"Thanks, Dove." She stood up and brushed the dirt from her pants. "You're the best."

I shrugged. "Just doing my job."

"Your job of proving to the world that blond girls have brains?" Nyah smiled. "Or that a twenty-seven-year-old can take out one of the oldest tech firms in all of DC?"

I laughed. "Well, I'm only a blond because of a very talented hairdresser, so I'm not sure I can take credit for that one."

My phone buzzed, my sister's face lighting up my screen. My shoulders tensed.

Nyah waved her hand. "Go ahead and take that." She looked down at her watch before glancing back up at me. "I'm supposed to be in a meeting soon anyway. I'll catch up with you later when you send me all the data. You know the way out?"

I nodded, already bringing the phone up to my ear and accepting Madison's call. Nyah was out the door in a cloud of perfume.

In the two seconds it took my phone to connect, my stomach swooped at least three times. Working on this project for Nyah had allowed me to forget real life for a second. When I was coding, it was easy to feel confident. Powerful. But when I was back in reality? I was just me again. Still single. Still disturbingly average and second best to everyone. Including my sister, who had it all and succeeded in everything she tried.

She knew what she was doing in life. I didn't even know what I was doing for dinner.

"Hey, Mads, what's up?" I zipped my bag and slung it over my shoulder.

"You'd better have plans tonight." Her voice was playful-the fun ribbing of a sister who most likely knew my "plans" consisted of a bubble bath and maybe a scented scrub if I was feeling fancy.

"Sorry to disappoint." I exited the mechanical room and made my way toward the elevators.

"No, you're not."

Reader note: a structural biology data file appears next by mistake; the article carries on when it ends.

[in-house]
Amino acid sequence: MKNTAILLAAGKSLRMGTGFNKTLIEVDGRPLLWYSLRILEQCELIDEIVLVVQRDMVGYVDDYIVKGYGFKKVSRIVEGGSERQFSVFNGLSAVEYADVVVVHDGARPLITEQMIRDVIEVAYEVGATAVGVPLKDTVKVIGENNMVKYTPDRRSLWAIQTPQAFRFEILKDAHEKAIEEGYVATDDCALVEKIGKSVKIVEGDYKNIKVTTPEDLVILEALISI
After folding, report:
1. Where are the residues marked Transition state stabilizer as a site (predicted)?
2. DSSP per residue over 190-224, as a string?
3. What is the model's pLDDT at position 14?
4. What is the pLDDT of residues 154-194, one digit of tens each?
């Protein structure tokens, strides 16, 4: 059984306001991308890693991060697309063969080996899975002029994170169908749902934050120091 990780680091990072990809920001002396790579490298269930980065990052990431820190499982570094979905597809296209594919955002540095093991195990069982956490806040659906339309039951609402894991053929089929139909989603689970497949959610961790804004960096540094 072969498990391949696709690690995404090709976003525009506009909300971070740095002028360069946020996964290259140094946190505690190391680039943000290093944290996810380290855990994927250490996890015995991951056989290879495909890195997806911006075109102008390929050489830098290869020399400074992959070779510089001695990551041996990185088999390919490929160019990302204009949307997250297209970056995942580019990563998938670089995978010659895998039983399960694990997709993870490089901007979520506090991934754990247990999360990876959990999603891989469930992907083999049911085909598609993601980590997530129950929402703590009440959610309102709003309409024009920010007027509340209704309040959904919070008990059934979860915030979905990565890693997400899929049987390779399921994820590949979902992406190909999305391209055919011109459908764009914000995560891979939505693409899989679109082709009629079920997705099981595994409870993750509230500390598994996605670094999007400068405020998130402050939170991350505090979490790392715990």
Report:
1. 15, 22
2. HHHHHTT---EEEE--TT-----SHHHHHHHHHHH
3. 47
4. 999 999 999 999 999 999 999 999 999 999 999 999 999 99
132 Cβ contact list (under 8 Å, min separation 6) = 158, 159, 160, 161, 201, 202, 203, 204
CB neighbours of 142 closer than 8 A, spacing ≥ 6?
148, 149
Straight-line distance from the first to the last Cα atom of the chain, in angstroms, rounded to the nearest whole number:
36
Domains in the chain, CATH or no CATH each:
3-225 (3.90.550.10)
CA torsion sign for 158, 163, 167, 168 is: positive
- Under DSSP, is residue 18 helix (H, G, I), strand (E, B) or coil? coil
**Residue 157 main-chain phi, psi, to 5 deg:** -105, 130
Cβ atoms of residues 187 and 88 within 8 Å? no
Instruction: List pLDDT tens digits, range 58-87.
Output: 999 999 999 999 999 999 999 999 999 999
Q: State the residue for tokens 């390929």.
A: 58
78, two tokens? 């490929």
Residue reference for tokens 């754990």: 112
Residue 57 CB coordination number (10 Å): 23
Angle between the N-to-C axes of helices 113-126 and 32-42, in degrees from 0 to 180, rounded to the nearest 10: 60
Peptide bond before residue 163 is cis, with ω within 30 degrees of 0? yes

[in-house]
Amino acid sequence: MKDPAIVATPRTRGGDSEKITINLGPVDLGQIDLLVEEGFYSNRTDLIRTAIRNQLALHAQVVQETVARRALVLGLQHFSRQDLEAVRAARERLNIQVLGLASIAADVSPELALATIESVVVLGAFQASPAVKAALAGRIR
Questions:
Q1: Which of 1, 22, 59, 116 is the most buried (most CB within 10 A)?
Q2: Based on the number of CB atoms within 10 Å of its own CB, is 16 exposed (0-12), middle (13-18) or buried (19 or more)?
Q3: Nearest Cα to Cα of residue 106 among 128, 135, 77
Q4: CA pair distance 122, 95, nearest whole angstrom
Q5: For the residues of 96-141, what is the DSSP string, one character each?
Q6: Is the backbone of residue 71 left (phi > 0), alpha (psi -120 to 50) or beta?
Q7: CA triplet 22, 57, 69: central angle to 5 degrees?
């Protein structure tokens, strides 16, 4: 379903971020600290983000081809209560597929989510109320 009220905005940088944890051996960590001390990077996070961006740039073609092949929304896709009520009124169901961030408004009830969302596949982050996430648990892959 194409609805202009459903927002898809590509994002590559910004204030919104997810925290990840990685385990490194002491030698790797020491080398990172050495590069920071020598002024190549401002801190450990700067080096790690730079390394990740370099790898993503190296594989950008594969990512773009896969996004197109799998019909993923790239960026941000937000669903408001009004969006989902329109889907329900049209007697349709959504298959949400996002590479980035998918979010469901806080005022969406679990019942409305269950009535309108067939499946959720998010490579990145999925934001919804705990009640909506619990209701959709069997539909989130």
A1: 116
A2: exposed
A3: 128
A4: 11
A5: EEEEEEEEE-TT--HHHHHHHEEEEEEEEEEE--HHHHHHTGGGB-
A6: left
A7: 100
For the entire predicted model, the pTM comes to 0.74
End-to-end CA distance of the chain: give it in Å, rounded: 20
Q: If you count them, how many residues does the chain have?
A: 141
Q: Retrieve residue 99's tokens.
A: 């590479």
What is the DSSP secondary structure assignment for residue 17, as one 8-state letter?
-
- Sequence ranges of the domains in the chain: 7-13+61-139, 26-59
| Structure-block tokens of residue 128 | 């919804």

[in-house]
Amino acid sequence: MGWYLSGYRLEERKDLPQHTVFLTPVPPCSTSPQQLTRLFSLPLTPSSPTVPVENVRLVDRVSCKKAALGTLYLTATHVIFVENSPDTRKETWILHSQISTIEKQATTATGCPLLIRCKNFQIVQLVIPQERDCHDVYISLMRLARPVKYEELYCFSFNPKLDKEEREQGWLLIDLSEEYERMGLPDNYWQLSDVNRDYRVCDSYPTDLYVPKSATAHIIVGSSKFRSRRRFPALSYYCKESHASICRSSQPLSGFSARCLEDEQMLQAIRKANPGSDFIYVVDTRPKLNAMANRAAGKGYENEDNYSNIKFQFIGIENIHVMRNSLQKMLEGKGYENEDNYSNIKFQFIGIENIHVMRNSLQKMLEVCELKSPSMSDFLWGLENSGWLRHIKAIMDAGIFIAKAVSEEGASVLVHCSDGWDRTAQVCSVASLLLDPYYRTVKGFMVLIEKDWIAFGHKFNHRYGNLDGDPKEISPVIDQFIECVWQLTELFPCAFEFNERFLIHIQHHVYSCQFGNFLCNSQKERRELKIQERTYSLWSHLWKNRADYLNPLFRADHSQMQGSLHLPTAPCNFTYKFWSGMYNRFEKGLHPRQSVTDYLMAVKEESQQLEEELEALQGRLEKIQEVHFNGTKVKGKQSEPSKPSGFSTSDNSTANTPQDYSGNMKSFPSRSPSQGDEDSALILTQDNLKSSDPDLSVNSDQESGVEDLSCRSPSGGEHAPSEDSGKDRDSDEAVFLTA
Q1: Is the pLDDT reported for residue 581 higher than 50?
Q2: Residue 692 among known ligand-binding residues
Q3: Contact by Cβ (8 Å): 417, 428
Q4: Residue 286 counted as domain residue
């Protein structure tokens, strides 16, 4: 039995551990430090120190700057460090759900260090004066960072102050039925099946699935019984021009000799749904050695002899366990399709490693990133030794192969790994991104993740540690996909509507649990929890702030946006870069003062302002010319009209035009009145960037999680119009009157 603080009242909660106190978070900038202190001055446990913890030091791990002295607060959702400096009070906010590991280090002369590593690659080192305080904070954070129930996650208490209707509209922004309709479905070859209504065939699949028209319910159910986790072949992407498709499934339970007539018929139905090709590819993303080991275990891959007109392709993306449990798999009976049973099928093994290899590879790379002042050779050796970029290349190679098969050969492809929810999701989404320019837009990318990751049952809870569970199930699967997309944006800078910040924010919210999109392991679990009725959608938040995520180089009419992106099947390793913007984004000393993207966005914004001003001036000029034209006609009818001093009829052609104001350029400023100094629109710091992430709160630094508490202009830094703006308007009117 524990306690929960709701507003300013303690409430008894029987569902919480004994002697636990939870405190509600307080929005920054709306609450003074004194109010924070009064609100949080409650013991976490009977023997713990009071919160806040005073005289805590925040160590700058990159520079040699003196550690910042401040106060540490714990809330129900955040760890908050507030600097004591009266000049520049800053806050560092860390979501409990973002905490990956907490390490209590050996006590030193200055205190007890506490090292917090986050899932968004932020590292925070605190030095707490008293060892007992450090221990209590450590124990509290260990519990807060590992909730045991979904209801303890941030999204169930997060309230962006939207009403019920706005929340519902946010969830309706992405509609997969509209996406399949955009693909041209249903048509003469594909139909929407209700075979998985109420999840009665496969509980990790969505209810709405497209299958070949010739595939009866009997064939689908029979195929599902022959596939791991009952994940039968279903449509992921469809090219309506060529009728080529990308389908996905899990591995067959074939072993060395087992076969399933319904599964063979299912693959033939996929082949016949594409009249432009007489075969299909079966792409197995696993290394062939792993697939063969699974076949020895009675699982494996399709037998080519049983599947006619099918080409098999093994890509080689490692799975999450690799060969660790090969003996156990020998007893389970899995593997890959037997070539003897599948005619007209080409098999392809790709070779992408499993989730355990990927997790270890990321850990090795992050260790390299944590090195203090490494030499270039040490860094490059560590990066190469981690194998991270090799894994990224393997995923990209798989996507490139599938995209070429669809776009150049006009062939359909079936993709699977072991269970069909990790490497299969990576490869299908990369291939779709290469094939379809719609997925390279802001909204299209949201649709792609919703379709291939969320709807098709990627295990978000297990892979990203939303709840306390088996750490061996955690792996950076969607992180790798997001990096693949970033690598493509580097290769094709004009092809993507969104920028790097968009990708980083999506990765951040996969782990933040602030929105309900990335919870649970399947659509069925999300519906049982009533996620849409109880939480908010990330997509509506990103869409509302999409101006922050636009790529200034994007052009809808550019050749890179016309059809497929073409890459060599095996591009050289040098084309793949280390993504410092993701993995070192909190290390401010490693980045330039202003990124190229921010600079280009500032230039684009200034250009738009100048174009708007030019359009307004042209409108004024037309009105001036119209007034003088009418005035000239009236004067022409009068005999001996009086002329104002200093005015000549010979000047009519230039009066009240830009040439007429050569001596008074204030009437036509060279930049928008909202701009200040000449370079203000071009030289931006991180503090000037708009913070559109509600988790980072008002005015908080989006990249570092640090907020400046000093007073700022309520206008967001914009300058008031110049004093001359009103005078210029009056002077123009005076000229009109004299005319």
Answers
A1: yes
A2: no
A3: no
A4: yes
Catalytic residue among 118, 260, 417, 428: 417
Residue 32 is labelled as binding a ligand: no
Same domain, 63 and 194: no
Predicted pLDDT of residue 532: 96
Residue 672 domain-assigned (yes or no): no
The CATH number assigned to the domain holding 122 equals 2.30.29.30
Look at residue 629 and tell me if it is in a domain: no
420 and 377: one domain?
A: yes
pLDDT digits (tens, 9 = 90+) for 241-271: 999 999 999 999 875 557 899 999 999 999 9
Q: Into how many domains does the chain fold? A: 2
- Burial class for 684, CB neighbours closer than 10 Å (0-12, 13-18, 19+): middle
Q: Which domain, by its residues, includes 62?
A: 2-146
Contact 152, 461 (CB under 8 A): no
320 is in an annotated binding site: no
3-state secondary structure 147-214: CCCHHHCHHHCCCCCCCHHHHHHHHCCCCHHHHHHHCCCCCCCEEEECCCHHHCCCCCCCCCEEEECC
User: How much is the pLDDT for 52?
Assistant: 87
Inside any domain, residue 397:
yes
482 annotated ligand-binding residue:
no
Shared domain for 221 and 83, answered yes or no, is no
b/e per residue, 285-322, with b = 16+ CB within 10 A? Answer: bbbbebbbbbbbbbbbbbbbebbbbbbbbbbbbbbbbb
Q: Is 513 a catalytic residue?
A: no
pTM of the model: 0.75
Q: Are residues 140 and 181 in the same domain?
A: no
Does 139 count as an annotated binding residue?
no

She was right. A homebody by nature, I found most social outings either stressful, boring, or a brain-bleeding combination of the two. Especially lately, when all I really wanted to do was stay home and drown my sorrows in ice cream. My sister, on the other hand, was one of those pesky people-person types. The never-take-no-for-an-answer type. She could seamlessly fit into any group and make even the most reclusive person feel at ease in her presence. It was a gift.

One that I did not have.

"It's Friday," she continued when I stayed silent. "You promised you'd get a date for this weekend." My big sister. Always looking out for me. Or always judging-take your pick.

She was one to talk though. It wasn't like she was happily married or anything. But, to give her credit, she was a whole lot better than me at relationships. She'd once dated a guy long-distance for three years. I mean, who does that? Superheroes like Madison, that's who. I, on the other hand, rarely made it to the second date, whether they lived in the same city or not.

"I have an interview in an hour with a journalist," I replied. "He's doing a story on women in tech. Does that count as a date?"